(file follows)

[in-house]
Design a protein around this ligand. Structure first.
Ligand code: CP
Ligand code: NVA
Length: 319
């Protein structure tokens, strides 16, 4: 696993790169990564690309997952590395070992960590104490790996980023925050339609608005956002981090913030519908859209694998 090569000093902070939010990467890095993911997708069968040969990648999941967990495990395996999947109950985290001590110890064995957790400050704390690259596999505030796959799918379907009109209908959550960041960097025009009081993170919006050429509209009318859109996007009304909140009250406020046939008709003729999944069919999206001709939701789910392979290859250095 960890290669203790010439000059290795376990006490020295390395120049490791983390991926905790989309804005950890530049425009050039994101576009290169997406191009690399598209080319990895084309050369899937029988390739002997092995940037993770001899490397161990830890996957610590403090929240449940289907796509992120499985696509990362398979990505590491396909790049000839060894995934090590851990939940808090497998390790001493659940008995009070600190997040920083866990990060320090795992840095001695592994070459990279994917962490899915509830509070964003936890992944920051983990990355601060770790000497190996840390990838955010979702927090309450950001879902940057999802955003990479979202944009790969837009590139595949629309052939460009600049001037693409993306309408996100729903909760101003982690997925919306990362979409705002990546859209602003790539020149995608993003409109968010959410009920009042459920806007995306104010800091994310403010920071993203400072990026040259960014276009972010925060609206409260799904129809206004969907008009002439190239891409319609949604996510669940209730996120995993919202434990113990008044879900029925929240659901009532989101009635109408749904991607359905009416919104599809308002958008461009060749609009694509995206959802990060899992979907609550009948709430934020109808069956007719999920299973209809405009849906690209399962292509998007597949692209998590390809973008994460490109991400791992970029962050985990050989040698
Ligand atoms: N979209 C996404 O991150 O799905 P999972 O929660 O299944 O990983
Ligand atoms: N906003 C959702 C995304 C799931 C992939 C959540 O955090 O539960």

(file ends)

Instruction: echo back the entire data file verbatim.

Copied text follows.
[in-house]
Design a protein around this ligand. Structure first.
Ligand code: CP
Ligand code: NVA
Length: 319
């Protein structure tokens, strides 16, 4: 696993790169990564690309997952590395070992960590104490790996980023925050339609608005956002981090913030519908859209694998 090569000093902070939010990467890095993911997708069968040969990648999941967990495990395996999947109950985290001590110890064995957790400050704390690259596999505030796959799918379907009109209908959550960041960097025009009081993170919006050429509209009318859109996007009304909140009250406020046939008709003729999944069919999206001709939701789910392979290859250095 960890290669203790010439000059290795376990006490020295390395120049490791983390991926905790989309804005950890530049425009050039994101576009290169997406191009690399598209080319990895084309050369899937029988390739002997092995940037993770001899490397161990830890996957610590403090929240449940289907796509992120499985696509990362398979990505590491396909790049000839060894995934090590851990939940808090497998390790001493659940008995009070600190997040920083866990990060320090795992840095001695592994070459990279994917962490899915509830509070964003936890992944920051983990990355601060770790000497190996840390990838955010979702927090309450950001879902940057999802955003990479979202944009790969837009590139595949629309052939460009600049001037693409993306309408996100729903909760101003982690997925919306990362979409705002990546859209602003790539020149995608993003409109968010959410009920009042459920806007995306104010800091994310403010920071993203400072990026040259960014276009972010925060609206409260799904129809206004969907008009002439190239891409319609949604996510669940209730996120995993919202434990113990008044879900029925929240659901009532989101009635109408749904991607359905009416919104599809308002958008461009060749609009694509995206959802990060899992979907609550009948709430934020109808069956007719999920299973209809405009849906690209399962292509998007597949692209998590390809973008994460490109991400791992970029962050985990050989040698
Ligand atoms: N979209 C996404 O991150 O799905 P999972 O929660 O299944 O990983
Ligand atoms: N906003 C959702 C995304 C799931 C992939 C959540 O955090 O539960």